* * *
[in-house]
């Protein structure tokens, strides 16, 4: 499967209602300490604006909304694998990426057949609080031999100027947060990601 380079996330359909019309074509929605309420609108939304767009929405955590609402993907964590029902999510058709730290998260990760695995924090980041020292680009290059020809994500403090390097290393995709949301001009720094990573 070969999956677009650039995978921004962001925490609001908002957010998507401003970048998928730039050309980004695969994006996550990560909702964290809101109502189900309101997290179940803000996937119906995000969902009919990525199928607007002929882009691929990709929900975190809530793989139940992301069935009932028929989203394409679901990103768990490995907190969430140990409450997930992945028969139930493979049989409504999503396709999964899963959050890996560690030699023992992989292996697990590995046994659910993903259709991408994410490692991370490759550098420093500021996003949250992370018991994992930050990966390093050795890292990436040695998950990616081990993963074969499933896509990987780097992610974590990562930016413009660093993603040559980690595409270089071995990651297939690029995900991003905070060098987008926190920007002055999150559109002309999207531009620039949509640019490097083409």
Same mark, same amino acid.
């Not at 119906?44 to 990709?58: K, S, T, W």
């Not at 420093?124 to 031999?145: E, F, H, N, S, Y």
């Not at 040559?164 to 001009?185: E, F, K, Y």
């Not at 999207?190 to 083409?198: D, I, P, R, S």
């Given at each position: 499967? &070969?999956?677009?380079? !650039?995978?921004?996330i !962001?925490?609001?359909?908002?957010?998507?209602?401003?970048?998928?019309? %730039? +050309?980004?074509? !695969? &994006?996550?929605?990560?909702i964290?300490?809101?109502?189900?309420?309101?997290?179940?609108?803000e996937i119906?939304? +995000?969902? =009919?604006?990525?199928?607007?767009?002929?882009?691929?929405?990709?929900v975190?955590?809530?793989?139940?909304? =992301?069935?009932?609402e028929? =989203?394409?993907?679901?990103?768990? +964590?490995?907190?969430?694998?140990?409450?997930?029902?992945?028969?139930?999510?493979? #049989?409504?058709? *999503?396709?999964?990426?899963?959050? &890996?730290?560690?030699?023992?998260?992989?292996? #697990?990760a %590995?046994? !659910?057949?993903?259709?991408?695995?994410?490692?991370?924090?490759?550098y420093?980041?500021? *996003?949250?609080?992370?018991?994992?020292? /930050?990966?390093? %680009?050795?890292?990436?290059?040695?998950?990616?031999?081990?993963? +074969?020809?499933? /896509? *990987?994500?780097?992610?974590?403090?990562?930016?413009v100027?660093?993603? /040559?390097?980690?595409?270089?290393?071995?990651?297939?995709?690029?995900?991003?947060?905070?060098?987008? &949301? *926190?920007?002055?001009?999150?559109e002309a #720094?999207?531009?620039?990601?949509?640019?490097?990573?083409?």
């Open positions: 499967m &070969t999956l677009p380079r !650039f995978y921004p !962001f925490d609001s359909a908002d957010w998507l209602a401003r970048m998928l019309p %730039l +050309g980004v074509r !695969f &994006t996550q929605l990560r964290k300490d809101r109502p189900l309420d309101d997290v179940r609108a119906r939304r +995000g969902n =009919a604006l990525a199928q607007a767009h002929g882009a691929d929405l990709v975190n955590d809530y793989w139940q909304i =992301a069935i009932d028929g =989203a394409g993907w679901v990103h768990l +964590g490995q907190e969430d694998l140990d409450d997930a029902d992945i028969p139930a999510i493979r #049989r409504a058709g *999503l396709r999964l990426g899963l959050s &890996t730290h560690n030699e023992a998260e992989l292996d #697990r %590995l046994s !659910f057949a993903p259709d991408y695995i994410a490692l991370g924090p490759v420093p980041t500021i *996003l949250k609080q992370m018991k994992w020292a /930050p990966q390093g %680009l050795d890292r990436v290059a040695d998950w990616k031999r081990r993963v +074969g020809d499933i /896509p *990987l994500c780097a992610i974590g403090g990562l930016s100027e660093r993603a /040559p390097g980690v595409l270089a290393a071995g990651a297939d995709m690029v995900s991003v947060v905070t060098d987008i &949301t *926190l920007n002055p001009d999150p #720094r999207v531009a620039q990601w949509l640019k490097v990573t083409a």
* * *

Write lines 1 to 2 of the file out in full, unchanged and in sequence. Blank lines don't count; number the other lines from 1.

[in-house]
């Protein structure tokens, strides 16, 4: 499967209602300490604006909304694998990426057949609080031999100027947060990601 380079996330359909019309074509929605309420609108939304767009929405955590609402993907964590029902999510058709730290998260990760695995924090980041020292680009290059020809994500403090390097290393995709949301001009720094990573 070969999956677009650039995978921004962001925490609001908002957010998507401003970048998928730039050309980004695969994006996550990560909702964290809101109502189900309101997290179940803000996937119906995000969902009919990525199928607007002929882009691929990709929900975190809530793989139940992301069935009932028929989203394409679901990103768990490995907190969430140990409450997930992945028969139930493979049989409504999503396709999964899963959050890996560690030699023992992989292996697990590995046994659910993903259709991408994410490692991370490759550098420093500021996003949250992370018991994992930050990966390093050795890292990436040695998950990616081990993963074969499933896509990987780097992610974590990562930016413009660093993603040559980690595409270089071995990651297939690029995900991003905070060098987008926190920007002055999150559109002309999207531009620039949509640019490097083409």